Firstly, be clever about what meals you plan for when. We don’t have a strict meal plan for the week, but we always have the salads early on, when they are fresh from the market. Don’t leave your salad eating till the day before you shop again because chances are the salad will have begun to smell rather like the bottom of a manky river bed and some of it will be trying to become what I like to refer to as ‘liquid salad’. Seriously, it’s gross.
Third tip. Always, ALWAYS, keep potatoes in the pantry. If in doubt, a roast up based around either whole baked potatoes or potato wedges wins every time. Summer or winter. Autumn or spring. You can get away with it any time of year. Plus, any time you’re putting the oven on, have a think about what else you could cook ready for tomorrow. Roast some pumpkin and have roast pumpkin soup tomorrow, or perhaps some canned chickpeas with spices so you’ve got a snack for those peckish mid-afternoon moments. Or a mix of veggies for roast veggie salad (especially if you’ve got some yummy fresh greens in the fridge).
Fourth. Get familiar with the different components of a meal. You want colours, you want textures, you want proteins, carbs and veggies, but it’s really not that complicated. If it looks yum, and tastes yum, that’s great! If it’s balanced and healthy, that’s even more great!
Number five. Learn some healthy cheats. We all want that yummy, stodgy comfort food fix in the middle of winter and that’s when we slip in to bad habits. Have polenta with a veggie stew, some roast chestnuts, or a vegan cauliflower cheese and you’ll hit that craving on the head without heading down that slippery slope into adding winter kilos!
Six. Learn to make some yummy deserts that hit the sweet spot without costing you your entire caloric intake for the day (and the following week!). It’s pretty easy to chuck together some baked apples with a handful of crumble on top or a chestnut and chocolate pudding that is so rich you’ll only want a spoonful or two anyway!
Seven. Know how to fix (hide!) your mistakes. For example…if you make a soup or curry too salty, add a touch of sugar and something acidic or simply pop in some grated or finely chopped potatoes. Did you hand slip when you were adding the chillies? Sweetness and fats are great for offsetting the burning effects of a hot chilli so if you add some sugar or a little coconut milk/cream you’ll be able to rescue your meal without burning your oesophagus. Over fried the onions? Deglaze the pan with a little balsamic vinegar and you’ve got caramelised onions instead! Forgot the tofu and burned one side? Slice that bit off and keep frying! Made your soup too watery? Again it’s the grated potatoes to the rescue. The starches will help thicken your broth. There is always a solution (even to the most embarrassing of mistakes) and if you can’t think of one, Google will surely oblige.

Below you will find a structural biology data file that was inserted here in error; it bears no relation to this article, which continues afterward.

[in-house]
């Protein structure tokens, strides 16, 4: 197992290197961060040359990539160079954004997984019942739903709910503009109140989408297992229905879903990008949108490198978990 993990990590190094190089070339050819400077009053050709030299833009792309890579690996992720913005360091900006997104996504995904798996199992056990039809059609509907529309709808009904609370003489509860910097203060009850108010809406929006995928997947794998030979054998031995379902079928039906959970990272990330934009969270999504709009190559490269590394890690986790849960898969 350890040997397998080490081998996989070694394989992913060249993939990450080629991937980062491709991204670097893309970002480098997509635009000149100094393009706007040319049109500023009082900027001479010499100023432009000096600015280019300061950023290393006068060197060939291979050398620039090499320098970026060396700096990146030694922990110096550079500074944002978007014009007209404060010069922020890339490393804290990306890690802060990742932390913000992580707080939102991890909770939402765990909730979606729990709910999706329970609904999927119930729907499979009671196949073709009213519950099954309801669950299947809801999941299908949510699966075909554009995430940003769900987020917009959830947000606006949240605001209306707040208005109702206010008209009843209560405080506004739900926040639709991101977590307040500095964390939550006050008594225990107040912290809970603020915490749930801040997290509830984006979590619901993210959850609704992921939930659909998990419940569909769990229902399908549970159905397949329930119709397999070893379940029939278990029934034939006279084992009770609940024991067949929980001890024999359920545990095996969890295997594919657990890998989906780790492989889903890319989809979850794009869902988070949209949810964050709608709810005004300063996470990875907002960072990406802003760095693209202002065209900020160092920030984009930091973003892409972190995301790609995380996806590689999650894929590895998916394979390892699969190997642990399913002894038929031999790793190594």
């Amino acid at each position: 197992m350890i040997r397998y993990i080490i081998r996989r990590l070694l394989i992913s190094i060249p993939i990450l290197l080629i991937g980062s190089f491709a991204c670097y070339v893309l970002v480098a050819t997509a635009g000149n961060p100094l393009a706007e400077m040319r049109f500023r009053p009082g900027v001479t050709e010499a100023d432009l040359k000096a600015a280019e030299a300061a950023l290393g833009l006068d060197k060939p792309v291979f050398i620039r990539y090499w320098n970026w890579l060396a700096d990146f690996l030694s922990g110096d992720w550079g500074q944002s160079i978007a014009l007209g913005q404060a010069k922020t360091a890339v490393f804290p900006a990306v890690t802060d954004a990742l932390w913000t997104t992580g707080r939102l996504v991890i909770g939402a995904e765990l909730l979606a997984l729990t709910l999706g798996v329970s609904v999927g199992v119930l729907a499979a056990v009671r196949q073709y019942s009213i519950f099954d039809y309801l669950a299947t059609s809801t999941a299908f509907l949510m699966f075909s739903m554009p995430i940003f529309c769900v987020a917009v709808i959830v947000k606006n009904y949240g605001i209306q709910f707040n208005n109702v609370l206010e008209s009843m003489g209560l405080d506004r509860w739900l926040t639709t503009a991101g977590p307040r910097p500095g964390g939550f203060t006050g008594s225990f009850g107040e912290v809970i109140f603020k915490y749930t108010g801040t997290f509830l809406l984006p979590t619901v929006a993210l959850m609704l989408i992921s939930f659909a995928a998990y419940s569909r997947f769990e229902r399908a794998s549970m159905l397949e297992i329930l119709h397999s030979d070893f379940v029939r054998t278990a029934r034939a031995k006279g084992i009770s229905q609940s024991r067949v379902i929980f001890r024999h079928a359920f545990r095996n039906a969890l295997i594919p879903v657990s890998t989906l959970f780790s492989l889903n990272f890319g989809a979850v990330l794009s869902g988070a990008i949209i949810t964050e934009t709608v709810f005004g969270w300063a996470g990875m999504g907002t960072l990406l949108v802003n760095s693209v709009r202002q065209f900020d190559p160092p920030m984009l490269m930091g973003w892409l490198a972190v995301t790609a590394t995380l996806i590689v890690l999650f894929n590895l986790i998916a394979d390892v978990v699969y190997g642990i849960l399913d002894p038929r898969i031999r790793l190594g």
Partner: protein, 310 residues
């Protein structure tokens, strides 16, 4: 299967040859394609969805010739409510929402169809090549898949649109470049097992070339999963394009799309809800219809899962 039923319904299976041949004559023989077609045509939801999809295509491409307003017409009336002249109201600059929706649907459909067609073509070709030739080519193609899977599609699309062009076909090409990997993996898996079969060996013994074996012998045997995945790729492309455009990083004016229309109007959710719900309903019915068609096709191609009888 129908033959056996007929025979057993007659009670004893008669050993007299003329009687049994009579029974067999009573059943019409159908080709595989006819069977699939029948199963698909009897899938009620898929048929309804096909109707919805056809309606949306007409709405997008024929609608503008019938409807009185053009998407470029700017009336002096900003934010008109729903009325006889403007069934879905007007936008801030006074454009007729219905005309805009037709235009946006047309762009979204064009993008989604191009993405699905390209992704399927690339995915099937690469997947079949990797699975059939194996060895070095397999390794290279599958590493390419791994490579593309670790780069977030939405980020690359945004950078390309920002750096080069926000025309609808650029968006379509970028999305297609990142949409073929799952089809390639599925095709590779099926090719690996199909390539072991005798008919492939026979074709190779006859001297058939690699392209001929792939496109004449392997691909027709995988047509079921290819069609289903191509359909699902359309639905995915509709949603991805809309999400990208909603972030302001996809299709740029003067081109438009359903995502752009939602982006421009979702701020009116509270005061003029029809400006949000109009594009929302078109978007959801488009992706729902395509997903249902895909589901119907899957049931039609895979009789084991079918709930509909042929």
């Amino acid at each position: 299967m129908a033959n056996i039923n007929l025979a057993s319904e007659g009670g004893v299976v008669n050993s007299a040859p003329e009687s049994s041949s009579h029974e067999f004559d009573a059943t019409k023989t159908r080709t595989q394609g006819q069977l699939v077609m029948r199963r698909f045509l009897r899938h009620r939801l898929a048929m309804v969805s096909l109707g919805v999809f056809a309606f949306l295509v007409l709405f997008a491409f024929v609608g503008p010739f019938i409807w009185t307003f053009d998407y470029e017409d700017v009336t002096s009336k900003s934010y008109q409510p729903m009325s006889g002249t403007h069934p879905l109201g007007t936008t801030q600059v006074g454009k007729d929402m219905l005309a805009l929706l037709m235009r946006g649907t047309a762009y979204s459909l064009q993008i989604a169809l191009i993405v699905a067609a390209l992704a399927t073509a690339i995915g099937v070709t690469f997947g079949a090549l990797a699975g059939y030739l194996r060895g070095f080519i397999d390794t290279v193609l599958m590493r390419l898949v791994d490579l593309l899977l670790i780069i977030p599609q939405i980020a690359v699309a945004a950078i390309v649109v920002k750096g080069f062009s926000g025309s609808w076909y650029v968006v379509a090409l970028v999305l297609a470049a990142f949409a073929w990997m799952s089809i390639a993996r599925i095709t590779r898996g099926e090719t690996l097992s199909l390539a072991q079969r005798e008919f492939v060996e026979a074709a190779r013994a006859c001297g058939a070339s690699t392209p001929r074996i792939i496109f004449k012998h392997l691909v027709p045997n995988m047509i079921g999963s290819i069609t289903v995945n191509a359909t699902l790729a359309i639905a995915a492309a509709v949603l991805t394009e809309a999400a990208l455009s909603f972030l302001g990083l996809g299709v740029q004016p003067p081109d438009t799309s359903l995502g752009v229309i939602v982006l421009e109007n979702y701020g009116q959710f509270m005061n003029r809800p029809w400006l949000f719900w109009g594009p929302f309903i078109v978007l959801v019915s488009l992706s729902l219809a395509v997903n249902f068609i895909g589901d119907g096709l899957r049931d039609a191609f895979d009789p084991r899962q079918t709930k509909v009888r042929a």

Eight. Learn how to balance. No, not on a fit-ball or a wobble board. Balancing flavours helps you to create meals you want to eat again. You’re looking to balance saltiness, sweetness, sourness/acidity and if you like your meals spicy you’re also balancing the heat. You want to taste everything for these qualities, whether it be your salad dressing, you soup, or the broth in your stir-fry. If you think it lacks a bit of pzazz, add a little something and see what result you get. If you find yourself making it too salty by adding a little much soy sauce, you can always touch it up with some sugar or honey and a little ginger, tamarind or lemon juice to balance it back out and you’ll probably still have improved it by adding depth of flavour.
Nine. Always, always cook too much! Left overs are the best. And they are by far the best way to stay healthy. If you’ve got leftovers sitting there ready to be packed for your lunch, you’re way less likely to reach for the packaged food or buy something at a fast food chain.
Ten. Eat what is in season. Produce from the cold stores are never as nice and probably won’t ripen well or last once you get them home.
Eleven. Buy a rice cooker. Seriously, it takes away all the guess work and makes cooking rice the easiest thing in the world. And, whenever you cook rice for a meal, cook extra and have fried rice the next day or the day after.